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MOSAID TECHNOLOGIES INC. v. SAMSUNG ELECTRONICS CO.

April 1, 2005.

MOSAID TECHNOLOGIES INCORPORATED, Plaintiff,
v.
SAMSUNG ELECTRONICS CO., LTD., SAMSUNG ELECTRONICS AMERICA, INC., SAMSUNG SEMICONDUCTOR, INC., and SAMSUNG AUSTIN SEMICONDUCTOR, L.P., Defendants. INFINEON TECHNOLOGIES NORTH AMERICA CORP., Plaintiff, v. MOSAID TECHNOLOGIES INCORPORATED, Defendant. MOSAID TECHNOLOGIES INCORPORATED, Counterclaimant, v. INFINEON TECHNOLOGIES NORTH AMERICA CORP., INFINEON TECHNOLOGIES AG, INFINEON TECHNOLOGIES HOLDING NORTH AMERICA CORP., and INFINEON TECHNOLOGIES RICHMOND LLP, Counterdefendants.



The opinion of the court was delivered by: WILLIAM J. MARTINI, District Judge

OPINION

INTRODUCTION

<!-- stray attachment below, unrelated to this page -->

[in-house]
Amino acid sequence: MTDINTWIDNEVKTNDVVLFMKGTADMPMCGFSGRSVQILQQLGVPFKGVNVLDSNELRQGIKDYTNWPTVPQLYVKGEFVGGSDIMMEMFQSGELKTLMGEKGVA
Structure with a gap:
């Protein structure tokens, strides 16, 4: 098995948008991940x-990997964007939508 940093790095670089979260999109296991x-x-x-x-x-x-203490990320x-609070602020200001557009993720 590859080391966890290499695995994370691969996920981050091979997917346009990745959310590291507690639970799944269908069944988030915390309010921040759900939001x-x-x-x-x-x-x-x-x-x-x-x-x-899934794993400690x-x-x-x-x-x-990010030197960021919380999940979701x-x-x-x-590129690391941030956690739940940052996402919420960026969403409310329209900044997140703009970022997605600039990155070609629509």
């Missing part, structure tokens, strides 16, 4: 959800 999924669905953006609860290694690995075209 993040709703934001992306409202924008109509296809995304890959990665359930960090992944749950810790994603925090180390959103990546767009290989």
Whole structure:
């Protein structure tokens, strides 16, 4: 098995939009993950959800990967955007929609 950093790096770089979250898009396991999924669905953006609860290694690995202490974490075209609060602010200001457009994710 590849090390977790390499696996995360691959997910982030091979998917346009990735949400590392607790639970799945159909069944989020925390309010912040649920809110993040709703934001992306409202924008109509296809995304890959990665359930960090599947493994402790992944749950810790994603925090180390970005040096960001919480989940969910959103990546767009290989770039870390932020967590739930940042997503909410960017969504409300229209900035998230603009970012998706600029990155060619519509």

This matter comes before the Court on the parties' motions for summary judgment. MOSAID Technologies Inc. ("MOSAID") seeks summary judgment of infringement as to claim 15 of the Lines '643 patent and claim 1 of the Foss '654 patent, and on several of Infineon Technologies North America Corp. et al.'s ("Infineon's") invalidity and unenforceability defenses, including invalidity under §§ 102(b) and (g), prosecution laches, and inequitable conduct. Infineon seeks summary judgment of noninfringement as to all of the asserted Lines and Foss claims, and on its claim that MOSAID's potential damages are limited under the patent marking statute. Also before the Court is MOSAID's motion to strike the Rebuttal Expert Report of Joseph McAlexander Regarding Non-Infringement of MOSAID Patents or, in the alternative, for leave to supplement the expert report of David Taylor. For the following reasons, the parties' motions for summary judgment are GRANTED-IN-PART and DENIED-IN-PART, and MOSAID's motion to strike is DENIED in its entirety. BACKGROUND